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3 reasons why your addiction to outrage is ruining your life

outrage
(Image credit: freestocks.org/Pexels)

I grew up on a cattle ranch in Wyoming, where I spent more time with animals than other people. I love animals, even the smelly ones with a bad temper that fling snot and stomp the ground. When I moved into an urban area, I had to leave them behind, but I kept fond memories of them close to my heart. I read about a local animal rights group and decided to attend one of their meetings. 

larae quy
Quy

Instead of learning how to care for abandoned or abused animals, I spent a miserable hour listening to why we should all be outraged that animals are either slaughtered for meat or used in laboratories for experiments. The speaker’s outrage squeezed out any opportunity to discuss constructive ways to help animals in need.

I never attended another meeting. Instead, I found a horse rescue that needed volunteers to help tend to abandoned horses. 

Outrage is everywhere

One of the most popular headlines these days is: “Where is your outrage at—?” Fill in the blanks to suit the topic of the moment. Whether it’s social issues, political affiliation or some injustice that has yet to be discovered, we are told we should be outraged at the lack of understanding in other people. 

Outrage is everywhere. College campuses offer “safe spaces” so students don’t have to listen to someone with an opposing point of view. A micro-aggression can trigger a meltdown, and an incorrect word can lead to snits and screaming threats.  In the old days, we called these tantrums.

The real problem is that people have become less tolerant of those with opposing opinions. Our difference in beliefs hasn’t changed over the years; it’s how we feel about the people with whom we disagree.

Here are three surprising reasons your addiction to outrage is ruining your life:

1. Outrage and media

We can tell others that we disapprove of how talking heads on cable TV say offensive things, but data from audiences tell another story. We actually find these types of political commentary to be quite compelling. Media outlets have created an outrage industry that continues to expand, and the same data indicates that both liberals and conservatives are guilty of outrage propaganda. Outrage media was coined in 2009, but technology has evolved so fast that there is a rush to attract stories and attention by any means necessary.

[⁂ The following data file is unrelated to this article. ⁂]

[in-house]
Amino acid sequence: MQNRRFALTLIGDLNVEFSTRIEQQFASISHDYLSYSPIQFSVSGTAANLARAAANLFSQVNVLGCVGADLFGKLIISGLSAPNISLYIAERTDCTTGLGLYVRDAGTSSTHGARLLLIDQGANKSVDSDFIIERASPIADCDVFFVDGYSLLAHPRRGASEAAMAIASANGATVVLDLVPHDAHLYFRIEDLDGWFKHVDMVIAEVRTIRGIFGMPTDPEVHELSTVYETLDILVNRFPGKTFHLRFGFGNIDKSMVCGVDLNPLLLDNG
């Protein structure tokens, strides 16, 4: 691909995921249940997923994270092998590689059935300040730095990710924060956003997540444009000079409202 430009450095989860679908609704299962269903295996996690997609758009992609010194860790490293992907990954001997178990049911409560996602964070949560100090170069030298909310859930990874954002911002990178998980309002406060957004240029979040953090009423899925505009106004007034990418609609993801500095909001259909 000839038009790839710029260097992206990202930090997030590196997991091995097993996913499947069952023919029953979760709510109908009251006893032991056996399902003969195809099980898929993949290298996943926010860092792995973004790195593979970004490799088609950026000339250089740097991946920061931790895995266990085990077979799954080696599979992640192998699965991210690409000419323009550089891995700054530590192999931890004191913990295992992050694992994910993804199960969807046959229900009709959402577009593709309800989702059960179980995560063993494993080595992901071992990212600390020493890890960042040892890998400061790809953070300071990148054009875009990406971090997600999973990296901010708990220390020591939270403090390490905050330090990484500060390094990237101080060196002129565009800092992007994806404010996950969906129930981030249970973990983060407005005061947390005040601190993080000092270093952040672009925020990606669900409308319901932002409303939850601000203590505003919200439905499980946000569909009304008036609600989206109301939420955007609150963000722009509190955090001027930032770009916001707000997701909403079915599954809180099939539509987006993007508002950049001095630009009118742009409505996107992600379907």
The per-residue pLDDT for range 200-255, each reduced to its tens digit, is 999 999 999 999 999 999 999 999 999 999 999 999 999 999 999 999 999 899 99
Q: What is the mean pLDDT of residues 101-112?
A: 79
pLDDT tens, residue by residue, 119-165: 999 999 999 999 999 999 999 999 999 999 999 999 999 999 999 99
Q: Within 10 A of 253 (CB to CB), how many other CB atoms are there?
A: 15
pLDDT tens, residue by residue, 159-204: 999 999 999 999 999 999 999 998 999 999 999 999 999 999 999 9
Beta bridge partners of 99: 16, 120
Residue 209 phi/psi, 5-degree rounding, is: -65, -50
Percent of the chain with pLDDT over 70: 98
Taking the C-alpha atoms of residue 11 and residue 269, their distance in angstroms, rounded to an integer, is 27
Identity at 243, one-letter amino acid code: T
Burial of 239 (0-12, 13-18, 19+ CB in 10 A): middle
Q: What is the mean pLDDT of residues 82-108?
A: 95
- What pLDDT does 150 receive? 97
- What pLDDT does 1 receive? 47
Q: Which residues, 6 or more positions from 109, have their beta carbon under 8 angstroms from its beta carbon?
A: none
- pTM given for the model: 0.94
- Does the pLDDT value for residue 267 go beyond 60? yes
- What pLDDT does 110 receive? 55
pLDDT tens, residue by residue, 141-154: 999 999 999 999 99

One reason we fall prey to outrage is that our brain is hyper-vigilant for negative information. Our brain is wired for survival, which is why negative messages get our attention faster than positive ones. The brain sees positive news as nice, but negative information could indicate a threat to our safety. 

Negative emotions like sadness, loneliness, guilt and shame can morph into outrage if left unchecked because it’s important to remember that the core of rage is anger. The media exploits our hardwired reaction to negative information, which has produced a constant race for the next controversy. When outrage hosts spew forth rage, they are rewarded with high ratings. 

How to make it work for you: Be selective when you watch or read news. If you are alert and savvy to the way that the media is manipulating your emotions, you can choose whether to react with anger and indignation, dismiss the news clip for what it is, or do your own research on a topic before taking the word of a pundit or armchair philosopher who is incentivized to provoke your outrage. Your most potent response to outrage media is protest to the advertisers who support these programs. Advertising revenue has been integral to the increase in outrage programs, so let those sponsors know you can vote with your pocketbook and boycott them.

2. Outrage and guilt

When we discuss a difference of opinion with another person face to face, it’s harder to respond with rage. We may try to persuade the other person to change their point of view, and vice versa, and we may experience exasperation with contrary opinions. But, there is a good probability that we’ll dismiss them as deluded and harmless.